Stapylton to explain the matter to Colonel Beverley; and in a few
minutes he returned with Pitblado, Lanty O’Regan, my groom, and four
other lancers and our horses, and with permission for me “to look after
my sick friend; but, at all risks, not to be ten minutes’ march behind
the rear guard, as General Bosquet’s division was already advancing
rapidly on our right flank, and the French sister might be more properly
handed over to her own people.”

We lifted her into the olive thicket, out of the way of the passing
troops; for already our advanced guard, under Lord Cardigan—”Prince
Albert’s Own,” with their blue jackets and scarlet pelisses covered with
glittering lace, and the 13th Light Dragoons—were once more splashing
through the Bulganak, laughing and joking merrily, as if it were a fox
that was to break cover in the Lincolnshire fens, and not the hordes of
the southern and western Russias that were before them. By means of
three barrel-hoops and a horse-sheet, we improvised something like that
which the French term a day-tent, to hide her and her sufferings. Then
the idea occurred to me as to what I could do if she survived beyond the
time allotted to us by the colonel. Could I leave her in that wild
place to die alone, and to lie unburied, save by the wolves and birds of
prey? Alas! a very brief time now resolved all my doubts and fears. A
little way apart from us, a silent and sympathetic group, my seven
lancers stood, each by his horse’s head, leaning on his lance, and
awaiting me. If they conversed, it was in half whispers, for they
sincerely pitied the girl, those French sisters of charity being the
admiration of the whole army. I was bathing her lips with some diluted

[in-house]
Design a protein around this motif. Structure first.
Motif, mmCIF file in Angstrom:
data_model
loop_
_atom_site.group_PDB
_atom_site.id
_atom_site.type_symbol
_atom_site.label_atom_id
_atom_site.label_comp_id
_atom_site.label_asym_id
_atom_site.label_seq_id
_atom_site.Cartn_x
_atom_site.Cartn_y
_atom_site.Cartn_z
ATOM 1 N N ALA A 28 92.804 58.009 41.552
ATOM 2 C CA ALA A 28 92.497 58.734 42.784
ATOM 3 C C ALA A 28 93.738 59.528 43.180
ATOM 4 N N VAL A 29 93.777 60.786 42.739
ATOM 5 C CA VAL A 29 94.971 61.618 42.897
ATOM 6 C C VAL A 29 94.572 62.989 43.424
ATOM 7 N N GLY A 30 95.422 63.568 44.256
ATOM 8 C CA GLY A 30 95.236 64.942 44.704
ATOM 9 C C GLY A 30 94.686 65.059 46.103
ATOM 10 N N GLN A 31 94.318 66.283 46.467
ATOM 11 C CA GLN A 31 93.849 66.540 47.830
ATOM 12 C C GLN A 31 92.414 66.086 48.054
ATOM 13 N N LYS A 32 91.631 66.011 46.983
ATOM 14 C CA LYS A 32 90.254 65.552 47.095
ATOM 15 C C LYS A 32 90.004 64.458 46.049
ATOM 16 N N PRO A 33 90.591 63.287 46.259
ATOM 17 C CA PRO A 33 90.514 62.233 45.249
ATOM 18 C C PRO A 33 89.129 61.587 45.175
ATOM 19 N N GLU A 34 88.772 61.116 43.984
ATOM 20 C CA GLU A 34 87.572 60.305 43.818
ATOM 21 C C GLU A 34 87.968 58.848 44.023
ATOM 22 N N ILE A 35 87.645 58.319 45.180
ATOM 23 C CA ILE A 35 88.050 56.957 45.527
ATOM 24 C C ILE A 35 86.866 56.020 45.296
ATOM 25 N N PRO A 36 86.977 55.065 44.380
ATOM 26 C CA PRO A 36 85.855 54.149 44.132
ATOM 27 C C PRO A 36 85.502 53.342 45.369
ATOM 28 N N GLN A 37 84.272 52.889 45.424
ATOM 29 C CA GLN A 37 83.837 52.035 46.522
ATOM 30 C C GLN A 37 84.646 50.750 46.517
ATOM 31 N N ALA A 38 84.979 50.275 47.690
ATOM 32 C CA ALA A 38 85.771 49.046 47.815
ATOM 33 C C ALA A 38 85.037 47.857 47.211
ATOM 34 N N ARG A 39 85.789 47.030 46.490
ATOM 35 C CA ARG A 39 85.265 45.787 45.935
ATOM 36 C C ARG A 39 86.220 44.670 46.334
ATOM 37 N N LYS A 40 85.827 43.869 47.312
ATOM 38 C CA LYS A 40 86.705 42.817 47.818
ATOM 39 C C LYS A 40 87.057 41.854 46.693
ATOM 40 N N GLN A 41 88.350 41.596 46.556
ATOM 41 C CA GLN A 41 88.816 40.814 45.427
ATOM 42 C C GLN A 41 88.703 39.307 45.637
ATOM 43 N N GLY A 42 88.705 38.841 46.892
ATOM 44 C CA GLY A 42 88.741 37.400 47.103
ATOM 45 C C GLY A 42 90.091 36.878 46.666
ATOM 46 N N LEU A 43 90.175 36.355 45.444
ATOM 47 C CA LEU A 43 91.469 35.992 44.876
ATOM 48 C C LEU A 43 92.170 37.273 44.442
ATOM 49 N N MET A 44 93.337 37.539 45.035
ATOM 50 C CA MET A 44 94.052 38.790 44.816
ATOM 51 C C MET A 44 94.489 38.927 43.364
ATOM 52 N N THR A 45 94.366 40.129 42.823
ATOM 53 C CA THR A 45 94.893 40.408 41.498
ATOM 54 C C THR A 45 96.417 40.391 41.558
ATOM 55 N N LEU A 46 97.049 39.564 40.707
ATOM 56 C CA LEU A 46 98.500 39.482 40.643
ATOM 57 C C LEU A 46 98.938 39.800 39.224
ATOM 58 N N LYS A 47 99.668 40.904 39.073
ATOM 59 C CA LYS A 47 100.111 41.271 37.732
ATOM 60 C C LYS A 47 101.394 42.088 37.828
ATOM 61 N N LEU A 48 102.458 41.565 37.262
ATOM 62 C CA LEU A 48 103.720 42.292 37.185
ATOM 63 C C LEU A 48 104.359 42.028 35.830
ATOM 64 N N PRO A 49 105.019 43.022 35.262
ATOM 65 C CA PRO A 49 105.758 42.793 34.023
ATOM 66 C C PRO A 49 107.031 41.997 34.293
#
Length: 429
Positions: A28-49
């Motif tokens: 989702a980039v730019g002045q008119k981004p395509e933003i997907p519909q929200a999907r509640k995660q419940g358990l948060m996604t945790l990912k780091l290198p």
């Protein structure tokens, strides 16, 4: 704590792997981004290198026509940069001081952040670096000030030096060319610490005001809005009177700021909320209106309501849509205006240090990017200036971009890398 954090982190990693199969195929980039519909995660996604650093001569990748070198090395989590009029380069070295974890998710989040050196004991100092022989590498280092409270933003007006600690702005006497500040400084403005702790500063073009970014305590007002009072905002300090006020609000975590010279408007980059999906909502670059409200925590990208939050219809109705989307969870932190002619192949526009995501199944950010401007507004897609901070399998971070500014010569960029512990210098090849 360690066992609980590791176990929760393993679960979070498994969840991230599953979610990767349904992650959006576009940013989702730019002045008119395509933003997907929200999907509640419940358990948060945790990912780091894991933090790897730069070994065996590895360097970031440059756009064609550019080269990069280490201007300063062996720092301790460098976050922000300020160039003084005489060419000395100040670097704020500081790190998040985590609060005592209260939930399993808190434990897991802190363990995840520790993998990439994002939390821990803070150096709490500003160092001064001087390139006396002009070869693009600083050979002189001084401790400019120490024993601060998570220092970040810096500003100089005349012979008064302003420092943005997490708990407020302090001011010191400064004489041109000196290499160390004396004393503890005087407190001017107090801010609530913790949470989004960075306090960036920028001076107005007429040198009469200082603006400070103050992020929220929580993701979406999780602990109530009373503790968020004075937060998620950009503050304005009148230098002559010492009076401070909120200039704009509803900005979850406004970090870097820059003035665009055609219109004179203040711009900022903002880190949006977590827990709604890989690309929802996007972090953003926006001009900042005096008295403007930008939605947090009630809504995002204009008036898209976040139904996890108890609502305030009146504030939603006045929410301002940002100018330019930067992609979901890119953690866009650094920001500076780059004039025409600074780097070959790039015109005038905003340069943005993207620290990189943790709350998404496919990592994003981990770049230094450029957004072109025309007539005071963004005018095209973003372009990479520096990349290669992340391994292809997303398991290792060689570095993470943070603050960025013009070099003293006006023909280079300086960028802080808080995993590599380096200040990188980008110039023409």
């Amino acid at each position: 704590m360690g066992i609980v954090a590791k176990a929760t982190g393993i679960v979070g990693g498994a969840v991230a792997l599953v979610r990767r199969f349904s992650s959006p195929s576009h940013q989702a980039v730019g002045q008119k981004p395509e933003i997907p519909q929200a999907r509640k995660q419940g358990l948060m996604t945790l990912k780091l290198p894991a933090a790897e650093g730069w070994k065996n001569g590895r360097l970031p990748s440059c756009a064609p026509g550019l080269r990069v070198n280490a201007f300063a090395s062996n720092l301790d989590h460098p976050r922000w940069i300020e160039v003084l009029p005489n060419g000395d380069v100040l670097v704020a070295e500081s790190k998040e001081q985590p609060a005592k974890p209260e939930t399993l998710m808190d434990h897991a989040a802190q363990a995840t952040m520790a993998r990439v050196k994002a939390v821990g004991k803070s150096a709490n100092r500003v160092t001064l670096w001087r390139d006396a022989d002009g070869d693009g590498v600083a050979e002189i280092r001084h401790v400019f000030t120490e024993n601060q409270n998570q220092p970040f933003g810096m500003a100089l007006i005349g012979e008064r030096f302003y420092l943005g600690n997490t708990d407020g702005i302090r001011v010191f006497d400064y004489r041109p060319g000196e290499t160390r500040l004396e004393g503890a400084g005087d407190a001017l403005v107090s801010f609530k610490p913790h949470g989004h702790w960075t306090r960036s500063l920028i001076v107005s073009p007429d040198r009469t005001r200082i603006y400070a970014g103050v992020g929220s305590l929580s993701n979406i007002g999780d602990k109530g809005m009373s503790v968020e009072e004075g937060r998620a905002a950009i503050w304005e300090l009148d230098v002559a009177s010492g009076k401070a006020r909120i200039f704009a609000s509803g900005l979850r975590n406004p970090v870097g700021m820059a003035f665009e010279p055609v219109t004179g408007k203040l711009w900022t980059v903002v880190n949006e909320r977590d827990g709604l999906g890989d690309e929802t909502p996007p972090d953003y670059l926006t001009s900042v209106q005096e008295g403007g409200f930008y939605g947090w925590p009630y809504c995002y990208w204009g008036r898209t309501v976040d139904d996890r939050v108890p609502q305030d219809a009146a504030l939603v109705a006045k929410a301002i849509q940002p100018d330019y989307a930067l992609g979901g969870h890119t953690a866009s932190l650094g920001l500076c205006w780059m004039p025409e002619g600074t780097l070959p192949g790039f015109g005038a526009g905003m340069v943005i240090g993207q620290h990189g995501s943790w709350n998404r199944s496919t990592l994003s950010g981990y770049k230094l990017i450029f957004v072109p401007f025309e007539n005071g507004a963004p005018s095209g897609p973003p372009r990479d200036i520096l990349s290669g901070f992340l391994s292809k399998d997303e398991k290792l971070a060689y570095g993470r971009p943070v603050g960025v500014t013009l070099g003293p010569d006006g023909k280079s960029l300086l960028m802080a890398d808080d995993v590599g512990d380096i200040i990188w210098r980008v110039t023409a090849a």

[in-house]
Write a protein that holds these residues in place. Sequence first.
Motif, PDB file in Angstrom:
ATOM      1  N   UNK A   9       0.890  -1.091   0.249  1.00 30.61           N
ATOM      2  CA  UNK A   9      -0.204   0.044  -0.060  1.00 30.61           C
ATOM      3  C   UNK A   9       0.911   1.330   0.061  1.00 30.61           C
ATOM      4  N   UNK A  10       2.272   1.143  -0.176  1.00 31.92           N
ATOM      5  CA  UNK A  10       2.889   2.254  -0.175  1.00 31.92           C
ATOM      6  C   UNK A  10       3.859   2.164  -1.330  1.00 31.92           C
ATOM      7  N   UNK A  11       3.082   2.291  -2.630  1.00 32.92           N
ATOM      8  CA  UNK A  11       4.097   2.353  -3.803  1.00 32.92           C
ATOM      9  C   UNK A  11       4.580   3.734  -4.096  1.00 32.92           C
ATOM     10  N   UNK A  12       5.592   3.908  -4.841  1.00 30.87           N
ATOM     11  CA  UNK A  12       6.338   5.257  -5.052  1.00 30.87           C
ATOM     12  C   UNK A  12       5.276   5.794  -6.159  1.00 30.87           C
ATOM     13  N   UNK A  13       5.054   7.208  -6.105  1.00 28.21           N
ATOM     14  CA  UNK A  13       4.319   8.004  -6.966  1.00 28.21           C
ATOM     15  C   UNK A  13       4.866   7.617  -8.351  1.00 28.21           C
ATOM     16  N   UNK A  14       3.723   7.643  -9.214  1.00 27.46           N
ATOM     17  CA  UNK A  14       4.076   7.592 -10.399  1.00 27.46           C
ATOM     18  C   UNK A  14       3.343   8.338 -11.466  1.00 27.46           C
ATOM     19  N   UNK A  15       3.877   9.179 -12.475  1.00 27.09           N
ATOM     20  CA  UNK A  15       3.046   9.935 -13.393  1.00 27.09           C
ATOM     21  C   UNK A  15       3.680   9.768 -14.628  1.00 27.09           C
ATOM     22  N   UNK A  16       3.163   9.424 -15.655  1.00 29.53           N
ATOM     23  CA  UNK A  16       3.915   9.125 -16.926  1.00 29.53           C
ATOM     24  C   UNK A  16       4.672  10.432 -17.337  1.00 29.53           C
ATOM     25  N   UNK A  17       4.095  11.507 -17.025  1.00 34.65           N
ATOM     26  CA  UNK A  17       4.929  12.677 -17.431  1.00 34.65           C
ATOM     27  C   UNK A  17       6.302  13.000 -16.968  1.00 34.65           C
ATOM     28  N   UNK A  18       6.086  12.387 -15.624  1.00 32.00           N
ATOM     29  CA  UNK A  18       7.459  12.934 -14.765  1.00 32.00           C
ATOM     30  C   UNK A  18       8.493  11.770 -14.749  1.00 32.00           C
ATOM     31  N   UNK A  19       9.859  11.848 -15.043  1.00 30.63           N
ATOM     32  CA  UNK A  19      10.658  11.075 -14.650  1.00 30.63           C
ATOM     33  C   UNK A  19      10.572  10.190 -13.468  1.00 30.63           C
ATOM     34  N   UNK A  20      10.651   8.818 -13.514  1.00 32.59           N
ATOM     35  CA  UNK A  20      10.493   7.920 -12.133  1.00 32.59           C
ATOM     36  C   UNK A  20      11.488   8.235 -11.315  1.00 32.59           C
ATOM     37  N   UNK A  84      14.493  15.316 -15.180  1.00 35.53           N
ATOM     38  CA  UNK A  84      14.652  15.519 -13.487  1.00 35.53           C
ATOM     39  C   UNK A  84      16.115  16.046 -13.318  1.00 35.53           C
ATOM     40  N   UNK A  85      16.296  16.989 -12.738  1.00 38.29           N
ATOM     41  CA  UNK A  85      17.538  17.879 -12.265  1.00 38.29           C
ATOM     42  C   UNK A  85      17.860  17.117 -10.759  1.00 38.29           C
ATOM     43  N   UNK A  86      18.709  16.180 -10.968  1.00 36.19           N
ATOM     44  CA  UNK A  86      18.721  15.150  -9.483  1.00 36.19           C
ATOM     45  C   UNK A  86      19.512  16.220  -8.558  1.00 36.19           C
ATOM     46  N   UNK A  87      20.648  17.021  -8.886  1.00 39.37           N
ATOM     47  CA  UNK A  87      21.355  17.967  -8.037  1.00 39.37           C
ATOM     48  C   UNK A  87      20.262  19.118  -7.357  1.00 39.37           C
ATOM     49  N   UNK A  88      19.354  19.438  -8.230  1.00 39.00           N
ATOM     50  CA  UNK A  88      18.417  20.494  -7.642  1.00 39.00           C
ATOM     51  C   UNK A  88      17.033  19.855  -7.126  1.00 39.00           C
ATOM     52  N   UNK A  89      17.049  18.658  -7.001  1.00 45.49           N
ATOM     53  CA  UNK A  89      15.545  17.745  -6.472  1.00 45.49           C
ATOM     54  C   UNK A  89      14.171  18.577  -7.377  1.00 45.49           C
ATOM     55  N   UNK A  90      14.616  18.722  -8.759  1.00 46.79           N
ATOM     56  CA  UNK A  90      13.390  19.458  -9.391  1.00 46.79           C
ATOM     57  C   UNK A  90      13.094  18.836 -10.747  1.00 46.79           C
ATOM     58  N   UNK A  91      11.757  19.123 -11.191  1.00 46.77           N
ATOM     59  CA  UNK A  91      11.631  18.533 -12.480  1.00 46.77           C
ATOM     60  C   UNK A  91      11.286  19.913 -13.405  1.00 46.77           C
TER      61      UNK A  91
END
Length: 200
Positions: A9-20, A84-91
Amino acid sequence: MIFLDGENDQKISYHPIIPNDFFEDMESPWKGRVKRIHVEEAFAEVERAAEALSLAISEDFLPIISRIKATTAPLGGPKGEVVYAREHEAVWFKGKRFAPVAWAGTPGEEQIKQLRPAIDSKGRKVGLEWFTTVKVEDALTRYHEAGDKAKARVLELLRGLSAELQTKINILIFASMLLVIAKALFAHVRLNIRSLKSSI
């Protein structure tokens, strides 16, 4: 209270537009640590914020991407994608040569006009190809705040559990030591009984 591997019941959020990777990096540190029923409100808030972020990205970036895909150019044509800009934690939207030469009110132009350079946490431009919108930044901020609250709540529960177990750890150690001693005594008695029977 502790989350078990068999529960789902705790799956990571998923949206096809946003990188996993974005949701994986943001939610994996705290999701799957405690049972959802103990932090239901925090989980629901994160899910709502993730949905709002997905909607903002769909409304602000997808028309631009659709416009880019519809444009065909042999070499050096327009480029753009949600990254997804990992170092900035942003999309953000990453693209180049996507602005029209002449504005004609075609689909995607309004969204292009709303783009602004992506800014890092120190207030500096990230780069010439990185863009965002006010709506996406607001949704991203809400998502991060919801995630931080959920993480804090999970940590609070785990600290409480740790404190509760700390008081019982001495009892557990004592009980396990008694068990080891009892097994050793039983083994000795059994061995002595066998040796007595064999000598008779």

brandy, when she fully, and for the first time, recognised me. Then a
little smile of joy passed over her ghastly face, and she began to
speak, painfully, huskily, and at long intervals.

“It is my turn now; but I am dying, you see, _mon frère_,” said she,
“dying. Many of my sisters have died in the camp—but—but few thus.”

“Few, indeed,” said I, in a low, sad voice.

“In ardent prayers for the repose of my soul you find no solace. I say
not this upbraidingly, yet the mortuary chants of the ’Dies Iræ’ and the
’De Profundis’ will never be said for me, because I die—die thus!” she
said, in a low and piercing voice, as she closed her eyes.

Perplexity was now added to my sorrow, for I knew not what the poor girl
wished or meant; but I implored her to tell me how she came to be left
thus alone and in illness. In the night when, asleep and weary, she had
fallen unseen from a French ambulance cart, some scouting Cossacks had
found and carried her off in mocking triumph; but, on finding that the
deadly pestilence had seized her, they barbarously flung her into the
Bulganak. She had crept ashore, and was making her way to our bivouac,
when the progress of her illness became so rapid and destroying that she
was reduced to the condition in which Stapylton found her. Such was the